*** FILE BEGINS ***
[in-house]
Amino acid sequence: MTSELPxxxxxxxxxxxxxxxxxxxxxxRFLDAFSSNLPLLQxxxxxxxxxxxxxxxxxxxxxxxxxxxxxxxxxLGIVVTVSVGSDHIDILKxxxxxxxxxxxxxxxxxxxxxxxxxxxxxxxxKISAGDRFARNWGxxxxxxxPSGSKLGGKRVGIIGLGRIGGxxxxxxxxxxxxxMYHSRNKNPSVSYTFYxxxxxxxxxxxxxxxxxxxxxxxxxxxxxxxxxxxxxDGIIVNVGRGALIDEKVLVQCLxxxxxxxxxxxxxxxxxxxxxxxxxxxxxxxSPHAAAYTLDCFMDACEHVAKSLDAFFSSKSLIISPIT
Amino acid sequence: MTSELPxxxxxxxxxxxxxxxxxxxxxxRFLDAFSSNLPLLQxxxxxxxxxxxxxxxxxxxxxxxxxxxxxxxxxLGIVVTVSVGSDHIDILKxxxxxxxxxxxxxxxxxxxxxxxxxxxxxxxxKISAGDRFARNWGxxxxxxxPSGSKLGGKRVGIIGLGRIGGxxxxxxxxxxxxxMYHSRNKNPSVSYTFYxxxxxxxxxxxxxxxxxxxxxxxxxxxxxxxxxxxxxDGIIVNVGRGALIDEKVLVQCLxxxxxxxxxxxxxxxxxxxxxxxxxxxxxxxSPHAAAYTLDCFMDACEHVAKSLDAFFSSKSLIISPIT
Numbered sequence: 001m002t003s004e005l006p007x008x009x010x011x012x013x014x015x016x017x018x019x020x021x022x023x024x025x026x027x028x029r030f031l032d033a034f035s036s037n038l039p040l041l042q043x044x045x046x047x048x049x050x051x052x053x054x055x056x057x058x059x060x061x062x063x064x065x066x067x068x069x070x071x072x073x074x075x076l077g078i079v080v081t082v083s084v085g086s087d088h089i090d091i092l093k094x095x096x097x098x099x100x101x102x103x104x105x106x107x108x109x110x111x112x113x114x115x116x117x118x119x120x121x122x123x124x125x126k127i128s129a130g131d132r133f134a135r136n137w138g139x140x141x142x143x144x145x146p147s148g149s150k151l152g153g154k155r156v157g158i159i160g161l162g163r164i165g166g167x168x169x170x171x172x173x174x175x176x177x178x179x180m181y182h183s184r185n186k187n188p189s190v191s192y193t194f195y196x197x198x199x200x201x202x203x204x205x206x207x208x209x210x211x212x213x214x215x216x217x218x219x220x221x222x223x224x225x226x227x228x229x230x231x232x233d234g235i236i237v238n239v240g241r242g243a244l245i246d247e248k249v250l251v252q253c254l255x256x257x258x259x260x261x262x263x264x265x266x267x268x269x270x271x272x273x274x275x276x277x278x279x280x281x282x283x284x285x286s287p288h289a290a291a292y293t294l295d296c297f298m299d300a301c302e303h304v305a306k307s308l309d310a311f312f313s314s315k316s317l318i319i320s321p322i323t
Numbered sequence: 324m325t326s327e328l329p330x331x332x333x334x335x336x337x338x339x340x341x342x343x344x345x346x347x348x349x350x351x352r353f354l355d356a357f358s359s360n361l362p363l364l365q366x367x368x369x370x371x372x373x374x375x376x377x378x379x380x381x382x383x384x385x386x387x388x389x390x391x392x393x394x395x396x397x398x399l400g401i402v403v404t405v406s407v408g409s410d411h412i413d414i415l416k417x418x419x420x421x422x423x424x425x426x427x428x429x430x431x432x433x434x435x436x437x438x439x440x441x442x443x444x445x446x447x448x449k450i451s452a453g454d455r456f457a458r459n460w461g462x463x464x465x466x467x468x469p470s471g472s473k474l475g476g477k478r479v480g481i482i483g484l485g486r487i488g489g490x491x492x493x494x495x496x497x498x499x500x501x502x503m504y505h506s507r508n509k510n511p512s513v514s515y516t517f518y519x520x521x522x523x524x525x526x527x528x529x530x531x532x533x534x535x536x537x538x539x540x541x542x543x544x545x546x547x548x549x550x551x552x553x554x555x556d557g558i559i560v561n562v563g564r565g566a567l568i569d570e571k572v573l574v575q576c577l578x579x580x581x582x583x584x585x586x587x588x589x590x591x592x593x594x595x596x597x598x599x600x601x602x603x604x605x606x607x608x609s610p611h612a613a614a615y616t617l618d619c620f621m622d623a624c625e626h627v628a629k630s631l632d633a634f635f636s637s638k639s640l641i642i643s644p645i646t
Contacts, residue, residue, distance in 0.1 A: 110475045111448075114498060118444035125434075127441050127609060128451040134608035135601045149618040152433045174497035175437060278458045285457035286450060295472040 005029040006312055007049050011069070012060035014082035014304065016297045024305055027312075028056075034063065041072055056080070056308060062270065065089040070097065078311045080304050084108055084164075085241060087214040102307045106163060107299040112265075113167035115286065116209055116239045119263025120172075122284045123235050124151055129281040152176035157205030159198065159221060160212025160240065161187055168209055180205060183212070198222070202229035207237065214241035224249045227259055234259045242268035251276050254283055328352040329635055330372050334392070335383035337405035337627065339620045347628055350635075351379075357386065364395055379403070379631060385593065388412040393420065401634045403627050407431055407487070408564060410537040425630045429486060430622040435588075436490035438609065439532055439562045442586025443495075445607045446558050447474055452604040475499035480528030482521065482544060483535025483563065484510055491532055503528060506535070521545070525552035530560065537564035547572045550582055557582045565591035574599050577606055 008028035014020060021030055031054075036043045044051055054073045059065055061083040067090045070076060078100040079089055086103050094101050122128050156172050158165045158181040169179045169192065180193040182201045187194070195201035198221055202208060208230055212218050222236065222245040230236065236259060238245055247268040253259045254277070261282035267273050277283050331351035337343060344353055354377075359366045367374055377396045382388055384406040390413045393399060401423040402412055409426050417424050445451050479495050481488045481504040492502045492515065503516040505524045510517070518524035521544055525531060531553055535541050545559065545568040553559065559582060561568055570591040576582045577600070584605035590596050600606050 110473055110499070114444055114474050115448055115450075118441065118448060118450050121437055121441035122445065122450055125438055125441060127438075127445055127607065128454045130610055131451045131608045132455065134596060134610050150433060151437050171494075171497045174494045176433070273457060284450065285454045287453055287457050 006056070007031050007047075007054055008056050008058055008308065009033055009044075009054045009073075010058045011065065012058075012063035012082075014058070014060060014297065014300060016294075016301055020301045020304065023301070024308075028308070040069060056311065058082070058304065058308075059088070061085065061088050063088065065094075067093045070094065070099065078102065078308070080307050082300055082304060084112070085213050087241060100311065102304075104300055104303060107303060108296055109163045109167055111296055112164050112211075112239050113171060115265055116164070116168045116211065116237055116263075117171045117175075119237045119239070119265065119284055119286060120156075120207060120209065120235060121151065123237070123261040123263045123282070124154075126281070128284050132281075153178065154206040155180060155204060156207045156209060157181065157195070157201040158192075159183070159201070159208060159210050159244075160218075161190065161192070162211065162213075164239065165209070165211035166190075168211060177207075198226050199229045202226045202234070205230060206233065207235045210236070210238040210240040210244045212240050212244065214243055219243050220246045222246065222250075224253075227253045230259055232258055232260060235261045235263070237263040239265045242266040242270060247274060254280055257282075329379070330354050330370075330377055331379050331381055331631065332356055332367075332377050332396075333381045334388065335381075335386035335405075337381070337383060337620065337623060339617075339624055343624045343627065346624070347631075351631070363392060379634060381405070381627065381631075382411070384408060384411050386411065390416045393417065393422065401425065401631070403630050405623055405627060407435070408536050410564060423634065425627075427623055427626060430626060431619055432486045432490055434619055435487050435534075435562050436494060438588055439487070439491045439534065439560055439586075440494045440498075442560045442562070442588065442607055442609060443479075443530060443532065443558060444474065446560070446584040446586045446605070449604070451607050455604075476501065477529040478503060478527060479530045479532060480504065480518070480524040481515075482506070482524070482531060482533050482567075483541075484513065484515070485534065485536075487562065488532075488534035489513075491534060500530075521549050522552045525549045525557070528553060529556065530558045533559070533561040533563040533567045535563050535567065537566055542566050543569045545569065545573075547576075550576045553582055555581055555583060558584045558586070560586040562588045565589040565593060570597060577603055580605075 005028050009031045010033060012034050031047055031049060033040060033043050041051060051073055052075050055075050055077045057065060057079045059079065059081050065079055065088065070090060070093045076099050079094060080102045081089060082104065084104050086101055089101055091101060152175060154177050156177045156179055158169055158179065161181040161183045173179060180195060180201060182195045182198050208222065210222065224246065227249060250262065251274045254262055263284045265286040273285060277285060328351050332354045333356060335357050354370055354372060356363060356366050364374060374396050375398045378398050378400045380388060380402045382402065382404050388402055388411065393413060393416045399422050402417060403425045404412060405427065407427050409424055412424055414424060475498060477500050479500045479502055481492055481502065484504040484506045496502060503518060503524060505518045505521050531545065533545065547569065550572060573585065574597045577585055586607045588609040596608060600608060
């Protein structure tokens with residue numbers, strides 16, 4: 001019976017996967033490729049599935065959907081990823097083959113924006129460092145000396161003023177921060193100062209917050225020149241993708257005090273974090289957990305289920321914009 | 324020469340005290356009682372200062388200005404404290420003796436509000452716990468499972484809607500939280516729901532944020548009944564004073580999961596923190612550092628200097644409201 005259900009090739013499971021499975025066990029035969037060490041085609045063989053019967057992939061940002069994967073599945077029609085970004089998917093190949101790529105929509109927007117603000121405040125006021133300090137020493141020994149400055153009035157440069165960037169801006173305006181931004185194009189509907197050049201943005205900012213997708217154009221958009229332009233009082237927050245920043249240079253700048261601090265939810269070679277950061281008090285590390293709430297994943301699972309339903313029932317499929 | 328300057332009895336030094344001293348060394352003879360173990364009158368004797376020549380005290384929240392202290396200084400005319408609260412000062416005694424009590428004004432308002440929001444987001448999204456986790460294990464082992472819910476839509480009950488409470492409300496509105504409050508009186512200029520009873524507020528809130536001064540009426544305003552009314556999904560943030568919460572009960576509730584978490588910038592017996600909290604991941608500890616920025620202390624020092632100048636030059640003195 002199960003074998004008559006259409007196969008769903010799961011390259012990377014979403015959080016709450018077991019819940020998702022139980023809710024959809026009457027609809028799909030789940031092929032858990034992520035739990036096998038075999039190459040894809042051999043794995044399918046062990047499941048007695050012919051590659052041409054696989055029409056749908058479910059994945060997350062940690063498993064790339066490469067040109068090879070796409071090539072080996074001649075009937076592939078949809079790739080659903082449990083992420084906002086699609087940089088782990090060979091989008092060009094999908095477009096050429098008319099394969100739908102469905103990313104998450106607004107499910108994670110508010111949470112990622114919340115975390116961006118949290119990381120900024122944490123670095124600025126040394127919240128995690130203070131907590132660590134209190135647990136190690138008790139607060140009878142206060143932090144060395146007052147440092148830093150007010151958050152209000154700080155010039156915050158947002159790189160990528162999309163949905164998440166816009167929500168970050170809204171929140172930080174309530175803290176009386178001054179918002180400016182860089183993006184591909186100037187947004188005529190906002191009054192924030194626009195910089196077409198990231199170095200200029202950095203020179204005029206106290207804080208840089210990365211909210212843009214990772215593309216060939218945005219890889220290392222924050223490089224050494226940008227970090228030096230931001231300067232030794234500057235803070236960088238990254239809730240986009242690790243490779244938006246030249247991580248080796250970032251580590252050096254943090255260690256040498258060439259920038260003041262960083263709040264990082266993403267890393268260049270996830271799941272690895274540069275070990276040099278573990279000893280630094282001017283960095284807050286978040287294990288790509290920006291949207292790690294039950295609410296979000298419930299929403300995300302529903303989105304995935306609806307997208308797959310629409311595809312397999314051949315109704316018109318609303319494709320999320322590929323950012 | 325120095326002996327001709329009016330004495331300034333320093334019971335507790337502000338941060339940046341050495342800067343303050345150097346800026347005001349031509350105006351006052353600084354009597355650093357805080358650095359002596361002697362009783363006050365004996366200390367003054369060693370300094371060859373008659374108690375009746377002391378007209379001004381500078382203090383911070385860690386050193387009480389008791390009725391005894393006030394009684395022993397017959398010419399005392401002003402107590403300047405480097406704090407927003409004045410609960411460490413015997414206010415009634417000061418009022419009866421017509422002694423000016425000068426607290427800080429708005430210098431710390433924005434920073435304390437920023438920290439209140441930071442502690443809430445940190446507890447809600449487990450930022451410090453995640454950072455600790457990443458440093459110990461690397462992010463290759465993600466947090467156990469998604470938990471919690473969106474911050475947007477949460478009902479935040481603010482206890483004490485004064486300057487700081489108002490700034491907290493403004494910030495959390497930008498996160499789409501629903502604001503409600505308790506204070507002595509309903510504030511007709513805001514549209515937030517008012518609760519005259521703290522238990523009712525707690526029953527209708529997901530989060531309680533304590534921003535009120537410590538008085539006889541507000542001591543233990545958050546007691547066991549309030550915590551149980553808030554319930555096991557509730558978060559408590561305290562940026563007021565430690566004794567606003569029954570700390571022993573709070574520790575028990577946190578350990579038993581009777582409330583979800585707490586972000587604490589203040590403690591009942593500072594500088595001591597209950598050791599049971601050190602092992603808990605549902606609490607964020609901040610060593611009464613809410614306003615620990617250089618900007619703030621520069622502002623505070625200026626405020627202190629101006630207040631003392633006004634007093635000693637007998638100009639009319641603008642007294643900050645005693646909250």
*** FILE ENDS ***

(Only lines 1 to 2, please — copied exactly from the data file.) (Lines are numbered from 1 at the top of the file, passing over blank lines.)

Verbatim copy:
[in-house]
Amino acid sequence: MTSELPxxxxxxxxxxxxxxxxxxxxxxRFLDAFSSNLPLLQxxxxxxxxxxxxxxxxxxxxxxxxxxxxxxxxxLGIVVTVSVGSDHIDILKxxxxxxxxxxxxxxxxxxxxxxxxxxxxxxxxKISAGDRFARNWGxxxxxxxPSGSKLGGKRVGIIGLGRIGGxxxxxxxxxxxxxMYHSRNKNPSVSYTFYxxxxxxxxxxxxxxxxxxxxxxxxxxxxxxxxxxxxxDGIIVNVGRGALIDEKVLVQCLxxxxxxxxxxxxxxxxxxxxxxxxxxxxxxxSPHAAAYTLDCFMDACEHVAKSLDAFFSSKSLIISPIT